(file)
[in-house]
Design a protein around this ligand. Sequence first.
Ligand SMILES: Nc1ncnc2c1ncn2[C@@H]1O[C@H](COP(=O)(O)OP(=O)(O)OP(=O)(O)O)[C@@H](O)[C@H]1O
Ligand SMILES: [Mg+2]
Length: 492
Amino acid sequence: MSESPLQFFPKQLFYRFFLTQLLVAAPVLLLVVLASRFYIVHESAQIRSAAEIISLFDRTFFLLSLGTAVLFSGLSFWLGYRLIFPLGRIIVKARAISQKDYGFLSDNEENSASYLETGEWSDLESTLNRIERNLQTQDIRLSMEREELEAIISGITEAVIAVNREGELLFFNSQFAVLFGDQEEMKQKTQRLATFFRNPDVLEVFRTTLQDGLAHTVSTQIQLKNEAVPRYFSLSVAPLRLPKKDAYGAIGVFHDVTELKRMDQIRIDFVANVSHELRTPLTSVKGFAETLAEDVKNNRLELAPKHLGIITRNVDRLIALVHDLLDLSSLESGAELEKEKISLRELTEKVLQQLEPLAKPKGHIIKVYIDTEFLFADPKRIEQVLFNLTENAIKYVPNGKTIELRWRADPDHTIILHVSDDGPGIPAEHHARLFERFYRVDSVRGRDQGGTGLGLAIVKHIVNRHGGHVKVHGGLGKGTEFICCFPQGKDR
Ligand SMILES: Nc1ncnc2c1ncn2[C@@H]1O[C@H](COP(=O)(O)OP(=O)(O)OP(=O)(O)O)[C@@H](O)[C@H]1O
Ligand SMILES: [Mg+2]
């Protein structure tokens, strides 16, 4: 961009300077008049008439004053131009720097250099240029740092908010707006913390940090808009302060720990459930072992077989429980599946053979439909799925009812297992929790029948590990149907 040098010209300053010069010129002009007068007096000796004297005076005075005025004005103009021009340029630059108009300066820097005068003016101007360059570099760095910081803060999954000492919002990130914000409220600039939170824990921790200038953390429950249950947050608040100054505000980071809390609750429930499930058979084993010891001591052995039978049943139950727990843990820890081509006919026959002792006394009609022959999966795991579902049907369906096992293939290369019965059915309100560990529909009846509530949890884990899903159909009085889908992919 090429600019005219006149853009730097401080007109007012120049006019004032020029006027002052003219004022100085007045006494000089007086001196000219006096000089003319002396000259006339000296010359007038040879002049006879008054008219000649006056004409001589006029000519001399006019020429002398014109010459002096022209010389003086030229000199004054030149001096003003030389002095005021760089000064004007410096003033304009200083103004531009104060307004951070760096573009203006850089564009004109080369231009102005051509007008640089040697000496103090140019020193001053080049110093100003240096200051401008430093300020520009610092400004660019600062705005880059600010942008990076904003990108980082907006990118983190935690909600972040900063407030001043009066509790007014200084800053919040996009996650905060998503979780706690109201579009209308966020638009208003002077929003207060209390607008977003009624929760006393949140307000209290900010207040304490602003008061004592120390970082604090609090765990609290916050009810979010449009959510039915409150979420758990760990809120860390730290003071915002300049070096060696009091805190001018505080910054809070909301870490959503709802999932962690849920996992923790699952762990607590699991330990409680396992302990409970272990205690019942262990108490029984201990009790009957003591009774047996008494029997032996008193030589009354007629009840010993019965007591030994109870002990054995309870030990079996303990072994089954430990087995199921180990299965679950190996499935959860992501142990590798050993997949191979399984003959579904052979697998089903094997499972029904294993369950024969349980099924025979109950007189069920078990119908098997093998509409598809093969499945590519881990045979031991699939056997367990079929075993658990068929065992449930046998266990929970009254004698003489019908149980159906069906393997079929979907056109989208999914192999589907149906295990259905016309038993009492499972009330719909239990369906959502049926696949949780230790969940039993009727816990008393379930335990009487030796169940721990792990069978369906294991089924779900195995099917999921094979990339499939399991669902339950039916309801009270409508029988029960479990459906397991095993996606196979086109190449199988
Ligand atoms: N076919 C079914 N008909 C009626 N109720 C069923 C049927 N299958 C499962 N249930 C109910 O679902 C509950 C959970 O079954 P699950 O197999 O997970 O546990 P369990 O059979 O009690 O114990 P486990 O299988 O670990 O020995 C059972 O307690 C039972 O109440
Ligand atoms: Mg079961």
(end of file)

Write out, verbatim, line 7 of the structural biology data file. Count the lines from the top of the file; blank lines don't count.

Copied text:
Ligand SMILES: Nc1ncnc2c1ncn2[C@@H]1O[C@H](COP(=O)(O)OP(=O)(O)OP(=O)(O)O)[C@@H](O)[C@H]1O